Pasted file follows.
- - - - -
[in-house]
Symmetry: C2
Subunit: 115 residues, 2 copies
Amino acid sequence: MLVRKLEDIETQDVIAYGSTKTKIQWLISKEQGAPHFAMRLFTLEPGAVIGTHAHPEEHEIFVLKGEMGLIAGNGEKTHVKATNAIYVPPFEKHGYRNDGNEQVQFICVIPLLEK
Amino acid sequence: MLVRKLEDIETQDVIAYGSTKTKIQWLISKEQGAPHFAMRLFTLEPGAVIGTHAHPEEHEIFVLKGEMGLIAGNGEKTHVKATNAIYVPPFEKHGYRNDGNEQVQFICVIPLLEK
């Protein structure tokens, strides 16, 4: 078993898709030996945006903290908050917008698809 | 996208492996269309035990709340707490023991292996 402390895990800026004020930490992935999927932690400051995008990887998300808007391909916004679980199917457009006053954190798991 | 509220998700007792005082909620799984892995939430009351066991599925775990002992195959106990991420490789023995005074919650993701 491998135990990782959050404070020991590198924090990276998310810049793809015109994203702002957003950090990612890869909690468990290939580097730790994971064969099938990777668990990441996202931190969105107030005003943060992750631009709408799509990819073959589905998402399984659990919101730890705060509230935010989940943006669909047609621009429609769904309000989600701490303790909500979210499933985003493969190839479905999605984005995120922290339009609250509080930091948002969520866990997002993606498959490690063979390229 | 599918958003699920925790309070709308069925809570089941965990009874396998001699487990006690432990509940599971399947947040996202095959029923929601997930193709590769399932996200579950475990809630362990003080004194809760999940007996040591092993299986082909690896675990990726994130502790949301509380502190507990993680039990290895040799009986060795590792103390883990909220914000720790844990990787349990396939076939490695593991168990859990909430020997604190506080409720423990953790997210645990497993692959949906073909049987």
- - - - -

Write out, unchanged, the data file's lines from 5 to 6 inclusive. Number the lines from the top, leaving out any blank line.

Amino acid sequence: MLVRKLEDIETQDVIAYGSTKTKIQWLISKEQGAPHFAMRLFTLEPGAVIGTHAHPEEHEIFVLKGEMGLIAGNGEKTHVKATNAIYVPPFEKHGYRNDGNEQVQFICVIPLLEK
């Protein structure tokens, strides 16, 4: 078993898709030996945006903290908050917008698809 | 996208492996269309035990709340707490023991292996 402390895990800026004020930490992935999927932690400051995008990887998300808007391909916004679980199917457009006053954190798991 | 509220998700007792005082909620799984892995939430009351066991599925775990002992195959106990991420490789023995005074919650993701 491998135990990782959050404070020991590198924090990276998310810049793809015109994203702002957003950090990612890869909690468990290939580097730790994971064969099938990777668990990441996202931190969105107030005003943060992750631009709408799509990819073959589905998402399984659990919101730890705060509230935010989940943006669909047609621009429609769904309000989600701490303790909500979210499933985003493969190839479905999605984005995120922290339009609250509080930091948002969520866990997002993606498959490690063979390229 | 599918958003699920925790309070709308069925809570089941965990009874396998001699487990006690432990509940599971399947947040996202095959029923929601997930193709590769399932996200579950475990809630362990003080004194809760999940007996040591092993299986082909690896675990990726994130502790949301509380502190507990993680039990290895040799009986060795590792103390883990909220914000720790844990990787349990396939076939490695593991168990859990909430020997604190506080409720423990953790997210645990497993692959949906073909049987």